A former chief whip has entered the debate over de-selections by revealing that Tony Blair stepped in to prevent Jeremy Corbyn being removed because the then prime minister believed the party is a “broad church”.
Hilary Armstrong, who was the government’s Commons enforcer between 2001 and 2006, described Corbyn – then a backbench MP – as the “greatest rebel ever”.
When some members of Corbyn’s Islington North constituency approached Armstrong, however, about the possibility of trying to oust the veteran left-winger, she told them the move would be opposed by Downing Street.
“I had a couple of folk from Jeremy’s constituency come to see me and say, ‘People are a bit upset with Jeremy always being against the Labour government, what if we try to de-select him?’”.
She responded by telling them they would get “no support” from Blair, she told the BBC’s Westminster Hour.
“The prime minister was very clear about that when Jeremy was a backbench MP. And he was right, we shouldn’t have worked to de-select him. But I hope that Jeremy will now reflect on that and I hope that he will be absolutely determined to make sure it doesn’t happen under his watch.”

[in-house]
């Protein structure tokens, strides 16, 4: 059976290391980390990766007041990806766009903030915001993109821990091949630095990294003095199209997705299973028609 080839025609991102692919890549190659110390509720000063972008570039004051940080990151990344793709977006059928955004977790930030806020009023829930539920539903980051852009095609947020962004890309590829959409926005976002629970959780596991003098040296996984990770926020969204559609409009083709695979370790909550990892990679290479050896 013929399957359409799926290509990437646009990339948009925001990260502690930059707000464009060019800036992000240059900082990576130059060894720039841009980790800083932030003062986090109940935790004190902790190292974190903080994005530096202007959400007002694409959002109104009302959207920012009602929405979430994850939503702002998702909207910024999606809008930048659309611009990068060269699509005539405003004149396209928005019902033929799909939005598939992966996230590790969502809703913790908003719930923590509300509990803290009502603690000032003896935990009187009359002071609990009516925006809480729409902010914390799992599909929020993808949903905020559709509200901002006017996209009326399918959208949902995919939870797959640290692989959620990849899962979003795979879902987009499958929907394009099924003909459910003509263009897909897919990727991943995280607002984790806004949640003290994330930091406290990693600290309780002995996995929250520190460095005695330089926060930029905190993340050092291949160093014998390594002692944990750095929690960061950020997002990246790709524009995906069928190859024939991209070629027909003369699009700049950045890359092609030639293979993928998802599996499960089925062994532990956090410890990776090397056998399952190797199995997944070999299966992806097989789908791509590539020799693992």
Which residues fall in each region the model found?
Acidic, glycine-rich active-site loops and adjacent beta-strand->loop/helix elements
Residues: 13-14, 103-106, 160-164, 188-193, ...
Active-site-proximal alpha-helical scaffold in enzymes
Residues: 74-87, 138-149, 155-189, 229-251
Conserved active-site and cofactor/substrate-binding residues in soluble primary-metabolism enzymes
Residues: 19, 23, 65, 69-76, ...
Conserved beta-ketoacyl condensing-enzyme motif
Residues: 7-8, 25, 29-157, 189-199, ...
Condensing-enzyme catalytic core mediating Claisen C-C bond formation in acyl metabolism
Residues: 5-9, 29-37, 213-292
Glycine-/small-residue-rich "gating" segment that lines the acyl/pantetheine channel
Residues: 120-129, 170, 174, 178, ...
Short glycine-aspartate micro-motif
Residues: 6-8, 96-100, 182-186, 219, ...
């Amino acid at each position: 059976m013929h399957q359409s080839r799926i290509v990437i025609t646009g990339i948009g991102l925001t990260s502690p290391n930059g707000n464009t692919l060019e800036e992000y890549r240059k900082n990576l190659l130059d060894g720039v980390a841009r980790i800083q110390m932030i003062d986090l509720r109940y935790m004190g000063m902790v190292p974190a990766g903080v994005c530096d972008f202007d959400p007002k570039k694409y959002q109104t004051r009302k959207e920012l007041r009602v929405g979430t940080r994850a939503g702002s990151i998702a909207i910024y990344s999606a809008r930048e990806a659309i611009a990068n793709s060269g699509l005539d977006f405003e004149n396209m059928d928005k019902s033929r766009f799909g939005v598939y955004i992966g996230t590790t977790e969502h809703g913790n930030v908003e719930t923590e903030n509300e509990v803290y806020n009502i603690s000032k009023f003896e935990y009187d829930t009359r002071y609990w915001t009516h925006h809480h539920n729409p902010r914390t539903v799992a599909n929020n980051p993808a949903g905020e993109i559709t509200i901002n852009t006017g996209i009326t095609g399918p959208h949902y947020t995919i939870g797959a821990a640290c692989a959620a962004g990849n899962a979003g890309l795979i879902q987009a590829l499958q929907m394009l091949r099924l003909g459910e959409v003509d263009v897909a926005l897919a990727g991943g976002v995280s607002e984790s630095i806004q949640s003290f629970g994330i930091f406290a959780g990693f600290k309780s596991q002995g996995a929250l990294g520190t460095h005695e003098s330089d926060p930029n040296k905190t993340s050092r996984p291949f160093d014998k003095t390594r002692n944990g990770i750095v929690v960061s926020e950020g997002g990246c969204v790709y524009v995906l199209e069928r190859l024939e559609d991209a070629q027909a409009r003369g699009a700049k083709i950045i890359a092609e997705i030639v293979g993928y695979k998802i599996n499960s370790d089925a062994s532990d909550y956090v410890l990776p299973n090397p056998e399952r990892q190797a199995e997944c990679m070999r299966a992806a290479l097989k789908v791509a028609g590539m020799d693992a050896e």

Armstrong’s intervention comes after an increase in the debate over de-selection of centre-left MPs under Corbyn’s leadership.
Earlier this month Ian Lavery, the party chair and Corbyn ally who alongside Andrew Gwynne co-ordinated Labour’s election campaign, said that Labour has become “too broad a church” and that MPs had to “work very hard” to stay in place. Many took his comments to be a veiled reference to de-selections although he later appeared to downplay the prospects of such a move.
Armstrong said she was pleased that Lavery had cooled talk of de-selections and set out her frustration at the behaviour of some activists.
“I know MPs where basically there is a process of harassment, where at every meeting they are criticised, they are challenged, they are told that they don’t represent the people in the room. And all this is meant to do is grind them down, is wear them down, and get them to believe they shouldn’t be in the Labour party any more.”
Corbyn must now step in to ensure that “sectarianism doesn’t rule”, she added.
“And at the moment in some areas, it is ruling. And Jeremy has the opportunity over the summer and at party conference to make it absolutely clear that he is not going to lead a narrow sectarian faction, he’s going to lead a broad church that is tolerant. And the real test for Jeremy is, is he up to it?”